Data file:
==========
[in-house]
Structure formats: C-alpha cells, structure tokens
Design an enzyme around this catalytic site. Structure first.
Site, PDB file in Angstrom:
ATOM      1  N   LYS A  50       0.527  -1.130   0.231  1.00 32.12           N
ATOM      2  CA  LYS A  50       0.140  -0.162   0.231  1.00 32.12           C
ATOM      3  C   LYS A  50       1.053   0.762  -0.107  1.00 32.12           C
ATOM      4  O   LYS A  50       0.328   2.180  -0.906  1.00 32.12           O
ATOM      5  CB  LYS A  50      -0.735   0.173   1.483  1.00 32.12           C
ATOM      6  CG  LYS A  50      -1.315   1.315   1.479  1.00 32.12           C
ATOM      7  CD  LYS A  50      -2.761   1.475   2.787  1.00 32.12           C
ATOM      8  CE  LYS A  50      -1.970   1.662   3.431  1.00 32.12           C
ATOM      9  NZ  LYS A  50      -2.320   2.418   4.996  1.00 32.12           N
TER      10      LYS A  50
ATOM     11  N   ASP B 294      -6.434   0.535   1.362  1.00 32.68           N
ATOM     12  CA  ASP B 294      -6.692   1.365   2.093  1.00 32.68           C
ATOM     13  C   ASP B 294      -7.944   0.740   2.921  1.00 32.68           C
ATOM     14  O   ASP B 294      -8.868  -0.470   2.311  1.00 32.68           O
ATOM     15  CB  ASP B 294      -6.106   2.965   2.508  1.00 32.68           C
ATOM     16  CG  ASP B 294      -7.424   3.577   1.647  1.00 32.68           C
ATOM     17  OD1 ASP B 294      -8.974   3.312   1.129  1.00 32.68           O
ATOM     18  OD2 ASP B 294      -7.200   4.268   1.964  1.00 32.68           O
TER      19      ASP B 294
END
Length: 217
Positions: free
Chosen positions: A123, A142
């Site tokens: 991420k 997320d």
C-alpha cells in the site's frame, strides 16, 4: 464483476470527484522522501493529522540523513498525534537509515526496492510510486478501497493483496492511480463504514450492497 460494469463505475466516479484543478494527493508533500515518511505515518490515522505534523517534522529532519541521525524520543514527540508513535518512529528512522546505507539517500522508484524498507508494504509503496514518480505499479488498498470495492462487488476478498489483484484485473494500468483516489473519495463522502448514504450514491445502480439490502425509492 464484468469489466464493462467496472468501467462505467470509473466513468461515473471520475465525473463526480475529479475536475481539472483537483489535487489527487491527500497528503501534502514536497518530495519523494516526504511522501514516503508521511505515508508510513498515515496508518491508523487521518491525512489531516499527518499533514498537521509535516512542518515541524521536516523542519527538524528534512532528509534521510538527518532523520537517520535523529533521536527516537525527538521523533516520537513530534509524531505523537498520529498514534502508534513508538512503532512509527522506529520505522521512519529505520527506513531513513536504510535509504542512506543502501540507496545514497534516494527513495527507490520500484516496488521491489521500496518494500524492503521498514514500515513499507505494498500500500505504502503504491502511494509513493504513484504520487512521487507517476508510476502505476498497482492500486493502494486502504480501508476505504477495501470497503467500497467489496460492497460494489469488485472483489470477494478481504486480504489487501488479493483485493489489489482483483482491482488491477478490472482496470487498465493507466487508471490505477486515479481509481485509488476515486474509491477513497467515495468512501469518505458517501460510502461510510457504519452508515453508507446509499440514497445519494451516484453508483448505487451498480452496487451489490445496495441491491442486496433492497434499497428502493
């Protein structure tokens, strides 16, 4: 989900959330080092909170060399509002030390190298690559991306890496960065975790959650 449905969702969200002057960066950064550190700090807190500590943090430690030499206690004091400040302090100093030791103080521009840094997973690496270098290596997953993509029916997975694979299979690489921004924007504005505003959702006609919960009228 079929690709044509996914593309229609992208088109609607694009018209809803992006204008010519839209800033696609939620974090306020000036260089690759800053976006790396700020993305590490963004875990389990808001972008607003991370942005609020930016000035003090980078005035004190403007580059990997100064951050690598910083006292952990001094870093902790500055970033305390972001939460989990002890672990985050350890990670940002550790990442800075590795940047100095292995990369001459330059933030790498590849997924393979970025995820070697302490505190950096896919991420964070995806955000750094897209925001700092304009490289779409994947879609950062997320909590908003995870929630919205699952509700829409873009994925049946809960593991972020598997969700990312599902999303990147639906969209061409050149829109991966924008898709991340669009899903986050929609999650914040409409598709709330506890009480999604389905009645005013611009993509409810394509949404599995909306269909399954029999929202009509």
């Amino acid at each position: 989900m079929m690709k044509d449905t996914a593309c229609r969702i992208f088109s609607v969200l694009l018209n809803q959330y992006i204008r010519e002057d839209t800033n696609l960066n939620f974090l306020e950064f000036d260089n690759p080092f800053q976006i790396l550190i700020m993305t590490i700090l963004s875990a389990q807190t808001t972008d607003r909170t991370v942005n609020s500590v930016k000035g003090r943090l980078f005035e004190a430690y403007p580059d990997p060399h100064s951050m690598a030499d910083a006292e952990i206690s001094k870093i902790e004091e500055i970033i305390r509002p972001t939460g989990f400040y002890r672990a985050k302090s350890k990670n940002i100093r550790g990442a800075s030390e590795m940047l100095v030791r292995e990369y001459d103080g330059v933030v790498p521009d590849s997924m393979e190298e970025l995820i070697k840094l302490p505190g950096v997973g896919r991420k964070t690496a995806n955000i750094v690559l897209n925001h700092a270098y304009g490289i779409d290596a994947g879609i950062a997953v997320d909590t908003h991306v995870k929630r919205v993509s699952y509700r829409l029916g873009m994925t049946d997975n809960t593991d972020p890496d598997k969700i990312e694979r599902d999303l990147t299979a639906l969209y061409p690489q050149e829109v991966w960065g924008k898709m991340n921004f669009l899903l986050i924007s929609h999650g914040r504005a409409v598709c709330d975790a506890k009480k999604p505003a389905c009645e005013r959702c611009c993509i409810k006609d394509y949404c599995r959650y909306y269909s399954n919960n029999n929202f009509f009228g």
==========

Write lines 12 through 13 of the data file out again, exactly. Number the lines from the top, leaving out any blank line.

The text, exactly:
ATOM      8  CE  LYS A  50      -1.970   1.662   3.431  1.00 32.12           C
ATOM      9  NZ  LYS A  50      -2.320   2.418   4.996  1.00 32.12           N